If you are using a Deore cassette in your bike now and if you will continue to use that in future ... will you change from that line??? I think not ... for various reasons ... but not wishing to sound speculative but you know what I mean ...

    For some who uses XTR, they will most likely race with it for the 'performance' and weight ... and will they go with 10-speed in future ... I think so ... because it is deemed to be better? Is it not? Not answering that ... or some will own it just because it is XTR and will they go with 10-speed in future, I think very likely so because ... (might sound speculative here ...) ... they are more likely to be in the bracket of individuals who prefers to own something at the 'so-called' fore front of technology? I could be wrong as there might be other reasons, but I think they will go 10-speed soon ... if not already ...

    I am sure Shimano/SRAM knows the type of individuals who purchases their different product lines and whether they will stick with that line and so they will supply that which is demanded.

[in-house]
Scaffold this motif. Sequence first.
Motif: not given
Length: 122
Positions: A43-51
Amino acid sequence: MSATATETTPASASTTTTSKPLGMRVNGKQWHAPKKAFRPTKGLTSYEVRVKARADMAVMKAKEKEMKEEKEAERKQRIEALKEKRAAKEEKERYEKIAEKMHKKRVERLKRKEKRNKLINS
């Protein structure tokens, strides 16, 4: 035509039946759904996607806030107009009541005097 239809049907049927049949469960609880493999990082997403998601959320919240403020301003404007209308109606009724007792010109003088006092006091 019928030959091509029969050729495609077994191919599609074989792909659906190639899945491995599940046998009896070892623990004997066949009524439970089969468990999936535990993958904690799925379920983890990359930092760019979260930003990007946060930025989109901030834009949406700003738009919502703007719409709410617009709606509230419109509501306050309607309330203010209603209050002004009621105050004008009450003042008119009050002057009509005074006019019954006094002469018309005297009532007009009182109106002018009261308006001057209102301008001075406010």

17. #17
    Hmmmmm
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    Quote Originally Posted by smilinsteve View Post
    You can only get a Deore level cassette with 36 tooth large right now in 9 speed. SRAM only makes a low level one as well. So, they have already dropped the focus. It sucks. It shows no respect for the customers who dumped major money into their systems. I wish their was a 3rd player to come along and compete with the big 2 a$$holes. Sun Race, Suntour, anyone.

    Since small builder stuff always has a niche in mountain biking markets, it seems like someone could enter the market with some really cool stuff "for real mountain bikers". Super durable, 8 speed, or nine speed, no BS, and take some of the business away from SRAM and Shimano.
    They'd have to build a rep for coolness and quality. It would be tough. I know I'm just dreaming. Hell, Campagnolo can't even sell sh@t to mountain bikers.
    I think that's why Mountain Cycle decided to go with Paxis Works cranks and Kore wheelsets on the new models.

    I agree with the idea of a third player. Sram and Shimano are getting to big for their and our own good.